While the hurricane season is from June to November, September is the month that sees the most hurricane action. Hurricanes impact the East and Southeast coasts of the United States. However, the impact on shipping and logistics is felt nationally and internationally.
First and foremost, with any natural disaster is the safety of everyone in its path.
Cruise lines cancel sailings, airports cancel flights, and these precautions are the primary reaction to bad weather. However, with canceling flights, it can take time to get back to normal schedules after the hurricane.
They take the same safety precautions in auto transport and trucking. Carriers need to decide how to proceed with the risky geographic regions during severe weather. They take the safety of the drivers along with the impact on the businesses into consideration.
Just as people prep their homes for hurricanes, shipping operations prep as well.
Land damage is always significant and visible, but off land effects are equally significant just not as visibly noticeable.
Shipping operators that are able to re-route ships from dangers will assess the situation and plan alternate routes. Port closures mean delays, more re-routing, losing time, and money. However, rerouting has a considerable financial impact on everyone involved.
The ocean freight industry is impacted immediately. However, as seen after previous hurricanes, intermodal shippers that have cargo on rail transportation run into huge delays. It impacts everyone shipping from small business owners to multi-billion companies like Amazon.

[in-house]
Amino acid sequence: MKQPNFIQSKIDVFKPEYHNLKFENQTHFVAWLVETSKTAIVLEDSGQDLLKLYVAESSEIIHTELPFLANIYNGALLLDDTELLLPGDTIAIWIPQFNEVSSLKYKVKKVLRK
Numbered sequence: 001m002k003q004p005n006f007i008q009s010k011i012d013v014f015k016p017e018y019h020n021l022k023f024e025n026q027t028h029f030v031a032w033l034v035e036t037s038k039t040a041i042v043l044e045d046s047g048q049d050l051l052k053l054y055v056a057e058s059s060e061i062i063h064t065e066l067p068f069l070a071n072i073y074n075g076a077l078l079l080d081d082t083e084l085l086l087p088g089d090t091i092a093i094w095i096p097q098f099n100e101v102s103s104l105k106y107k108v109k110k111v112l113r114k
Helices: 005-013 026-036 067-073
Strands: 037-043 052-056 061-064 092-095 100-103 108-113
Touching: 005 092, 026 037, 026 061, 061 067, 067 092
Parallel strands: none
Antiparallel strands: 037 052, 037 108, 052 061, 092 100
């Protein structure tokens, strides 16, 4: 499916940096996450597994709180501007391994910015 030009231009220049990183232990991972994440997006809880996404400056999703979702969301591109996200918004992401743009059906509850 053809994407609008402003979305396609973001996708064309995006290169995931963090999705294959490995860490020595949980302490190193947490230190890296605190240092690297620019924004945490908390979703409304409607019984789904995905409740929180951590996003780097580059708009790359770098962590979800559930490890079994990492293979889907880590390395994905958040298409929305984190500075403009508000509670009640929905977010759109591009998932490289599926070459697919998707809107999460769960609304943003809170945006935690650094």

The Department of Transportation makes damage assessments as flooding recedes, ensuring the roads are clear of tree parts and rubble. However, even as driving conditions improve, drivers may need to take alternative routes in the days and weeks following a disaster. Which may mean delays in delivery times to take non-direct routes.
With delays both on the roads and in the sea, there is the possibility of extra fees in these types of emergency situations.
You may have to pay truckers drayage, storage fees, or fees for alternative plans. Fees can also be added as the cargo may need to move through alternative ports. Ports will have less cargo come through or finding that they have to store extra cargo. In cases like this, ports have chosen to waive or reduce delay charges. As they understand, it is out of everyone’s hands.
Some years after hurricanes, the freight rates have had to increase due to diesel fuel, and the cascade of costs ripple down to the shippers. This is not a definite increase for this year; it is too early in the season to be determined.
While LTL shippers are very focused on maintaining their schedule, in hurricanes it is not possible. Planning and working with an expert shipping and logistics company can help you be ready for the changes and plans. It is also important to work with a company like PPLUS Global that is in contact with our drivers and shippers and continuously monitoring the weather globally. They know where your cargo is at all times and keep clients updated every step of the way.